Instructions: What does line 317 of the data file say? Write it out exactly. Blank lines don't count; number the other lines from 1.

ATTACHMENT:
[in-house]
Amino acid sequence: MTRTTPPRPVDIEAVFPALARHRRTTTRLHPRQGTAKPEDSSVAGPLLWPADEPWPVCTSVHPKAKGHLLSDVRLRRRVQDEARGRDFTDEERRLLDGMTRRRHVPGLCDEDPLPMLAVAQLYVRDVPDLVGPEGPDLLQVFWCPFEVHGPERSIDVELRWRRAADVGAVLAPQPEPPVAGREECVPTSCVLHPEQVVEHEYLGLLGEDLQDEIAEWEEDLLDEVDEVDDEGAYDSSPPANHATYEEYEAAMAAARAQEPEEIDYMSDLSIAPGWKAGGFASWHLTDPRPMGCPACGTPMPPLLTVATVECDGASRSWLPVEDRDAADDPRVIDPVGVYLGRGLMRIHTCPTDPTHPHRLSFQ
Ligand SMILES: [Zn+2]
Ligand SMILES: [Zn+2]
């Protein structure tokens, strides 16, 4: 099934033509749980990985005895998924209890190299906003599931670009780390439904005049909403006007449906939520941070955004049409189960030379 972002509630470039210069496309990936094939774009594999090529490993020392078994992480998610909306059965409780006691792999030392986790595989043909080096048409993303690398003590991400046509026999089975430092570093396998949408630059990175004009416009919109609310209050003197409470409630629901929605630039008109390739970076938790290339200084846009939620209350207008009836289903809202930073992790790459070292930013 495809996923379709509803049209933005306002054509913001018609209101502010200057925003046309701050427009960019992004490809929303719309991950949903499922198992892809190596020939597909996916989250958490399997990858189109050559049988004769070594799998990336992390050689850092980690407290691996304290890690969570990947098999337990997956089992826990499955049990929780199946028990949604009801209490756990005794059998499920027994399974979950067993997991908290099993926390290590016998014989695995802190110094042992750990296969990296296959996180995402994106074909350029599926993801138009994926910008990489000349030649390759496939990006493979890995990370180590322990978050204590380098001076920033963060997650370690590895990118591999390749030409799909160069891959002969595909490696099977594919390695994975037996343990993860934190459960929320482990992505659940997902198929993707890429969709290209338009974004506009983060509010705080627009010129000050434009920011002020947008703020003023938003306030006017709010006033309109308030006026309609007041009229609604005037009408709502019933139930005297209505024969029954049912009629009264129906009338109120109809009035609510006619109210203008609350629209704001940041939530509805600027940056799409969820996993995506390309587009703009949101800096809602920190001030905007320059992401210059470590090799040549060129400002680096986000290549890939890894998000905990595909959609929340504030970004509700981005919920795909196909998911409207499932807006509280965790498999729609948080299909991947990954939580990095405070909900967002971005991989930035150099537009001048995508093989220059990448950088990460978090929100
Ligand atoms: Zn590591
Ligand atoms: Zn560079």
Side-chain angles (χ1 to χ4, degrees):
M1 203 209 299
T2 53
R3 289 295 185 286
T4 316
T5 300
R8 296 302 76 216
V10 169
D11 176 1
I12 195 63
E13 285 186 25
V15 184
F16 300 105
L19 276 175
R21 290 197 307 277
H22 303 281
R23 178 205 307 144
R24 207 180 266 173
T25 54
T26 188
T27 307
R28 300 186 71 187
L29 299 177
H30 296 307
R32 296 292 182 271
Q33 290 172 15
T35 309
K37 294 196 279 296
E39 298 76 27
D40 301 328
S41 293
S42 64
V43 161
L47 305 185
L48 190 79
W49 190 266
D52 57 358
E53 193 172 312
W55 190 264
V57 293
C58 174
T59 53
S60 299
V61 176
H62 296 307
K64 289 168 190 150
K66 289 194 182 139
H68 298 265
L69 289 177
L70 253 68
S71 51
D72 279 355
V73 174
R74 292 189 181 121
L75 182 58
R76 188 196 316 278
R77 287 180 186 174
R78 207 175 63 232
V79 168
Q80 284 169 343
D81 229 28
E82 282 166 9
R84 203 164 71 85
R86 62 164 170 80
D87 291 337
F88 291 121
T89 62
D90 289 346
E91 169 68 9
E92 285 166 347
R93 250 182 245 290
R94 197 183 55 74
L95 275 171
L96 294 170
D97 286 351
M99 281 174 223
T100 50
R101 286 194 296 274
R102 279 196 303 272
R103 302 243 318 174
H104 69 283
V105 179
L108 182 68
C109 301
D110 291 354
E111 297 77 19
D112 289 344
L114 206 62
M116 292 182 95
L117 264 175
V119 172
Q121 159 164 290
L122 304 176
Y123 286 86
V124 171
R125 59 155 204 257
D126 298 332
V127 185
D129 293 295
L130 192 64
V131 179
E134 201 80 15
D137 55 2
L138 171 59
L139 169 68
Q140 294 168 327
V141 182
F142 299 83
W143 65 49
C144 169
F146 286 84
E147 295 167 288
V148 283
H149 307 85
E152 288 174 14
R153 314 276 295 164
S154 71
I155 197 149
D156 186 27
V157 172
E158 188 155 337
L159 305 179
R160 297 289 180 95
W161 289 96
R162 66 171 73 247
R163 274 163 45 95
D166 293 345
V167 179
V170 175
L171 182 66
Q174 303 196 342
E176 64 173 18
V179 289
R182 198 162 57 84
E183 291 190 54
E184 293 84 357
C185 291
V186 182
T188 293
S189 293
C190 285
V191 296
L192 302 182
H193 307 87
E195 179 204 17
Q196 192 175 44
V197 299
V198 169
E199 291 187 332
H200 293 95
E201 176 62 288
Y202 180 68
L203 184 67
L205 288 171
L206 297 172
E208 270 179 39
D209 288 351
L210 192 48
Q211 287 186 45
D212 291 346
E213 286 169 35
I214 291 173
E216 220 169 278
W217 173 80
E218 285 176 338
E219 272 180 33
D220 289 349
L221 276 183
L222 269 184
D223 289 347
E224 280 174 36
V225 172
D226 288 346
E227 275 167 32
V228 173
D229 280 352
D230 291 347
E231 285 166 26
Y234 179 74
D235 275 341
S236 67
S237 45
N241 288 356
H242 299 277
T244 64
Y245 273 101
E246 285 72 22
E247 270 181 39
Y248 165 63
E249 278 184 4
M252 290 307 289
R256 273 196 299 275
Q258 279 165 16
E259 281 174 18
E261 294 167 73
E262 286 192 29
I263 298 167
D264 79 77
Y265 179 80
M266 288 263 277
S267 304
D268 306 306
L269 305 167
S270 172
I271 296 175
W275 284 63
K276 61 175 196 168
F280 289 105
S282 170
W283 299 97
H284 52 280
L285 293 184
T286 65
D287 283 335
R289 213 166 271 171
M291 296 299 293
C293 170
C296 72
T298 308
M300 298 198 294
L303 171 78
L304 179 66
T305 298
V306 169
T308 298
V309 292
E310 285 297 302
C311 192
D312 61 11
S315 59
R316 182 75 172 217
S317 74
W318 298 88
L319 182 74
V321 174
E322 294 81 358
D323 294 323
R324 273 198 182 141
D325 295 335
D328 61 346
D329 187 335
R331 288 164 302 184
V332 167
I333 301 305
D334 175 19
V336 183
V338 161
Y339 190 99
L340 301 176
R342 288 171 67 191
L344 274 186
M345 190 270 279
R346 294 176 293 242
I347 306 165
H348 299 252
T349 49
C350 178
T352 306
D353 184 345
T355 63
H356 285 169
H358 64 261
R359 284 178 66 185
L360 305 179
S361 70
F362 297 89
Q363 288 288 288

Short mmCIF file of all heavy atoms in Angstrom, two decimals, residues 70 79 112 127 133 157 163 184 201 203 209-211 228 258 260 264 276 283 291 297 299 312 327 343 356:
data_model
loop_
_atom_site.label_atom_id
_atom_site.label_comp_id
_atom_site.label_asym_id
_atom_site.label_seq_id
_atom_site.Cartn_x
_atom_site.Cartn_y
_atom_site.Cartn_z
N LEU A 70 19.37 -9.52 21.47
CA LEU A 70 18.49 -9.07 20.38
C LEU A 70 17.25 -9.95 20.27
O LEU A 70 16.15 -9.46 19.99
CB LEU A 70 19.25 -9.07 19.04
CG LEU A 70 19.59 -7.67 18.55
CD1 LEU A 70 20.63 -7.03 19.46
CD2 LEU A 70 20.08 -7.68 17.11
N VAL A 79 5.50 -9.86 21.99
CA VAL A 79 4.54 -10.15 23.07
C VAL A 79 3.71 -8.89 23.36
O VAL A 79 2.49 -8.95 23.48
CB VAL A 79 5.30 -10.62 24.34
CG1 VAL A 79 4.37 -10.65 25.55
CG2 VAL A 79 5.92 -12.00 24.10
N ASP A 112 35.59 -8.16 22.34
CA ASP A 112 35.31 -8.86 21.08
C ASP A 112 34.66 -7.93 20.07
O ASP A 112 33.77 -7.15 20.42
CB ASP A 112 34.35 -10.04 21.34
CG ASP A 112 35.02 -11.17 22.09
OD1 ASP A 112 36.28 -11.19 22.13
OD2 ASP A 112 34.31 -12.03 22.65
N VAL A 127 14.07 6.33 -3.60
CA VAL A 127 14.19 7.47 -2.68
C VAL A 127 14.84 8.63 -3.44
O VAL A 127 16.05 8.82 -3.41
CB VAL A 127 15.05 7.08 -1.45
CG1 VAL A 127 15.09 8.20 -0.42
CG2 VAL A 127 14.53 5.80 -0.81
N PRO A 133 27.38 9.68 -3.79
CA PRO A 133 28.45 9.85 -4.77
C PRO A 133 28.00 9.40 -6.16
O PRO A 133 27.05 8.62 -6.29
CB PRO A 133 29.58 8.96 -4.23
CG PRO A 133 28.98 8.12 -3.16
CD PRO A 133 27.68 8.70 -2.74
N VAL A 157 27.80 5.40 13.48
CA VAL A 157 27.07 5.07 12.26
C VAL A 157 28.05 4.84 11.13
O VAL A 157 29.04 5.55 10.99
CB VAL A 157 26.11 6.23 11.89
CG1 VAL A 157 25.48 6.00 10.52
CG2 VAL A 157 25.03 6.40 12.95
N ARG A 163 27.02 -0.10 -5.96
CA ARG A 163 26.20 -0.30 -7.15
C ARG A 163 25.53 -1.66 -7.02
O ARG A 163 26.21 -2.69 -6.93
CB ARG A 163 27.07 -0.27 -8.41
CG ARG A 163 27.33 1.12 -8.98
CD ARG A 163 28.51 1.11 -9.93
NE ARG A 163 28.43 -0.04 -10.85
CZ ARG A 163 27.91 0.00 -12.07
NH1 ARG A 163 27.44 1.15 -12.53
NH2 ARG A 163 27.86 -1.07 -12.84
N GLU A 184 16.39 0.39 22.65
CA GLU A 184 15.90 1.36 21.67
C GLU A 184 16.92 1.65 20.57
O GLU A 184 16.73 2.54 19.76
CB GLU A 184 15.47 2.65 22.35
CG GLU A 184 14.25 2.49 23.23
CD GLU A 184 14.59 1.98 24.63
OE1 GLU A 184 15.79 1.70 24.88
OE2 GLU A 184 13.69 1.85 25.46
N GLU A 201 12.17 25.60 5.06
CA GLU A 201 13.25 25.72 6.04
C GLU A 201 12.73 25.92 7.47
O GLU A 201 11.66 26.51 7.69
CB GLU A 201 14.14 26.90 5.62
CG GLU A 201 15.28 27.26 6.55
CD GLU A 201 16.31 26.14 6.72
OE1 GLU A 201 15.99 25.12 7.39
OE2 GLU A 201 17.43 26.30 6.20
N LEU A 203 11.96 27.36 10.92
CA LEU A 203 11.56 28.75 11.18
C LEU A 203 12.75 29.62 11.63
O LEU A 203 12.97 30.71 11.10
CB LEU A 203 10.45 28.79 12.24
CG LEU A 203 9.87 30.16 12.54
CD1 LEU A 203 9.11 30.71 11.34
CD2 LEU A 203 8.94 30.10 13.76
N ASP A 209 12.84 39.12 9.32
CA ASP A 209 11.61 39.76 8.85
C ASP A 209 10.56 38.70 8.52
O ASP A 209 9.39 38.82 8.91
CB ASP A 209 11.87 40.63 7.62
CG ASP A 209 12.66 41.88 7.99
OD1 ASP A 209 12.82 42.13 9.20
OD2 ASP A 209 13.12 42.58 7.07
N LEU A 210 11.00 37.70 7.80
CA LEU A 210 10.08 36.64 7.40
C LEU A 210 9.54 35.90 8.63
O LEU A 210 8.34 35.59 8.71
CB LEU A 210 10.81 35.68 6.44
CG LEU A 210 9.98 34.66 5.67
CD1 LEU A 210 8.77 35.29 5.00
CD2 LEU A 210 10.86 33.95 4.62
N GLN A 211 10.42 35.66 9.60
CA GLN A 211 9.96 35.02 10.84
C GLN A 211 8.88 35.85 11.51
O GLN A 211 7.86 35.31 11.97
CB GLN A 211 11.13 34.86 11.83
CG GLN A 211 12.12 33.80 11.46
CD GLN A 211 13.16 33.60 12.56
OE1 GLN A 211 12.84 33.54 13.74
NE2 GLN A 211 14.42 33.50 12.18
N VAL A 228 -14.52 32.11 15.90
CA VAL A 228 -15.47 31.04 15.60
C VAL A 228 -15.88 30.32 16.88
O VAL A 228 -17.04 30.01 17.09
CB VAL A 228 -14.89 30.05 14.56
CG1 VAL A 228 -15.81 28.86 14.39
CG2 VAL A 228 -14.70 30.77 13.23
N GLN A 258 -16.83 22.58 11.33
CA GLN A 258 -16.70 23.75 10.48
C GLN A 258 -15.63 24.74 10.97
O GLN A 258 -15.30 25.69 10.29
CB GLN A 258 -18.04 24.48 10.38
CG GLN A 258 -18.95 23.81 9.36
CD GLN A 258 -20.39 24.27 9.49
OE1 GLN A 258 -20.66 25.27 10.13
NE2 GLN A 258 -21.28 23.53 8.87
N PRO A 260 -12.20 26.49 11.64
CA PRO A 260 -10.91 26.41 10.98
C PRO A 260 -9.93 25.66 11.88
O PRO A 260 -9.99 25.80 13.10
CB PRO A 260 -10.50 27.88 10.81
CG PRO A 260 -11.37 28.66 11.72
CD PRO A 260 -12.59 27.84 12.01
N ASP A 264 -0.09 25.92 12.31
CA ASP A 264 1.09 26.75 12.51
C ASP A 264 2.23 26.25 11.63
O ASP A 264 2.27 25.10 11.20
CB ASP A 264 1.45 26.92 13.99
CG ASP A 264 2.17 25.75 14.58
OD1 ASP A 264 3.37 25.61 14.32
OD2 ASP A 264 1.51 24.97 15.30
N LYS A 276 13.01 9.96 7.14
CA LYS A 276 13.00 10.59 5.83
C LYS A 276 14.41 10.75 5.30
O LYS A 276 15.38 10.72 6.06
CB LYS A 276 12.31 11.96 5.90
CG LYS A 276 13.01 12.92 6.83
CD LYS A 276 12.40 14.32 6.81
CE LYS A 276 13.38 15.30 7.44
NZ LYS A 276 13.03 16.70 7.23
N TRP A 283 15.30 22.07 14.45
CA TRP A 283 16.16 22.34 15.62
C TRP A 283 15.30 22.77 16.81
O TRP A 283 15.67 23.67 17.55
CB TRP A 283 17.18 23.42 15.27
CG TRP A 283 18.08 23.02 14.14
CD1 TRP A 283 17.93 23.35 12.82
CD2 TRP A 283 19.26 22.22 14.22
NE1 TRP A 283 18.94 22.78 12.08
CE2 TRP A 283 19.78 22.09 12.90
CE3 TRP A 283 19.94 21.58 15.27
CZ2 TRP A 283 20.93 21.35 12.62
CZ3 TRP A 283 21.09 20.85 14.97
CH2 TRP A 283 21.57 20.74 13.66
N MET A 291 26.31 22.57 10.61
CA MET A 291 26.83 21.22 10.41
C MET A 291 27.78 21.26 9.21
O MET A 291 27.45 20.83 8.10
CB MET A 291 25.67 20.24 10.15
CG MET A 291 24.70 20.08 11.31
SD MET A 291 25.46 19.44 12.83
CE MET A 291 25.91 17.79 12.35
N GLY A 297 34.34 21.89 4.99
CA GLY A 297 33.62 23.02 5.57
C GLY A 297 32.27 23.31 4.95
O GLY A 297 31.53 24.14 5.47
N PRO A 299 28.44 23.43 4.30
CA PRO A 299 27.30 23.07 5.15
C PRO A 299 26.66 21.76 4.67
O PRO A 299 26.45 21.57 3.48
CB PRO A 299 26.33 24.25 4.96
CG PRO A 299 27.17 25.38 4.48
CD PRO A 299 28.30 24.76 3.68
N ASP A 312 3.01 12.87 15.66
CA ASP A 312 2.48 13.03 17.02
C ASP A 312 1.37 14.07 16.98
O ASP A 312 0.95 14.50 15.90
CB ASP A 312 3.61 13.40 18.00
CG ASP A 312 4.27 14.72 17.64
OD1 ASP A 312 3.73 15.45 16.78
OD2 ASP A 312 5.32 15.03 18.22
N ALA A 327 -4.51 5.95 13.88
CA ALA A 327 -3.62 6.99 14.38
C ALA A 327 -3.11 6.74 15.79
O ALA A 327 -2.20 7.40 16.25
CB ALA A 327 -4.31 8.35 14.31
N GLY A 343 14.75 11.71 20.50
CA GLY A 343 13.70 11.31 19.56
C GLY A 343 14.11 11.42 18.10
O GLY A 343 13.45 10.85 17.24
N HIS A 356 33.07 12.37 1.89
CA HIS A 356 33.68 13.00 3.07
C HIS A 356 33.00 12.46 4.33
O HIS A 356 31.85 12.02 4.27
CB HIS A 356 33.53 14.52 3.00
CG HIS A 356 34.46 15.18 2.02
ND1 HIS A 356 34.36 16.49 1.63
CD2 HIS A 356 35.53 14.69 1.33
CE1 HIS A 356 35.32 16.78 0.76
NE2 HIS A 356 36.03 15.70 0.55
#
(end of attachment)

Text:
C PRO A 133 28.00 9.40 -6.16